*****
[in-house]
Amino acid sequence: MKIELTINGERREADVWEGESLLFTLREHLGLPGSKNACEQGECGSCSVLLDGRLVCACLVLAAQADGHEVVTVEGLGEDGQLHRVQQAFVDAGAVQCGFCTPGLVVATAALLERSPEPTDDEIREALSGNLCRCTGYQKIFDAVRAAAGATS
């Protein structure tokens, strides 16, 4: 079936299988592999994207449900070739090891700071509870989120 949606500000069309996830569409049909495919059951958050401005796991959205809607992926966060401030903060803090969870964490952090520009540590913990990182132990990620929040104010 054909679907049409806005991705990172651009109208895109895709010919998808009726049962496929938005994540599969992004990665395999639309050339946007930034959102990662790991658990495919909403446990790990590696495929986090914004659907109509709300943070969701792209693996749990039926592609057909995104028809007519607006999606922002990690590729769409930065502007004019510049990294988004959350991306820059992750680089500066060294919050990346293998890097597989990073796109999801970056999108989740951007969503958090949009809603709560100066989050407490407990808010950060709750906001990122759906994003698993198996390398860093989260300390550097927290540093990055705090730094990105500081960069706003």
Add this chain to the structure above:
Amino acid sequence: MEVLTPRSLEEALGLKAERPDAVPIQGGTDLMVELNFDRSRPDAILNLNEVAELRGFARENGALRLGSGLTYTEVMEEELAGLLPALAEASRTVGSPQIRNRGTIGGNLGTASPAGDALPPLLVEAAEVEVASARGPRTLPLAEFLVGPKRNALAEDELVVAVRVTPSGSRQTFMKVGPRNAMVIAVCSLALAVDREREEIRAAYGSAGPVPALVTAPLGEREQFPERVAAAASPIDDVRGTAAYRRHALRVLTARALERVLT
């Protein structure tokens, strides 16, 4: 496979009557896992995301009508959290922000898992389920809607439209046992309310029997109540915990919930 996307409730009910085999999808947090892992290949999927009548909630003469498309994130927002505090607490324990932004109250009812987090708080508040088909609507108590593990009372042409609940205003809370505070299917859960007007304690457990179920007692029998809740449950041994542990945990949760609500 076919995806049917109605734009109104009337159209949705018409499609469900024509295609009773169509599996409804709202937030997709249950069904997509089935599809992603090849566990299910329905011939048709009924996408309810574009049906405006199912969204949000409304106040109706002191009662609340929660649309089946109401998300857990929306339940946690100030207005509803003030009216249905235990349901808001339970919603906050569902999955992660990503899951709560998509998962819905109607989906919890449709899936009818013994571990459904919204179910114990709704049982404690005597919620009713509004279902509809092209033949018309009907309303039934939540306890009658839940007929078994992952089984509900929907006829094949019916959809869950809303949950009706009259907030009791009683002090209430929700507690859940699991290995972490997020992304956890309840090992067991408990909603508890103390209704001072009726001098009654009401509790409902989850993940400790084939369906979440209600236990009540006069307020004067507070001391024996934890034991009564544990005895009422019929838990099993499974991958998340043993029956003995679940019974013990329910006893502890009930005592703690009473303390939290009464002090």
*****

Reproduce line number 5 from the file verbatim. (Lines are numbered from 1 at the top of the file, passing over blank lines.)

Amino acid sequence: MEVLTPRSLEEALGLKAERPDAVPIQGGTDLMVELNFDRSRPDAILNLNEVAELRGFARENGALRLGSGLTYTEVMEEELAGLLPALAEASRTVGSPQIRNRGTIGGNLGTASPAGDALPPLLVEAAEVEVASARGPRTLPLAEFLVGPKRNALAEDELVVAVRVTPSGSRQTFMKVGPRNAMVIAVCSLALAVDREREEIRAAYGSAGPVPALVTAPLGEREQFPERVAAAASPIDDVRGTAAYRRHALRVLTARALERVLT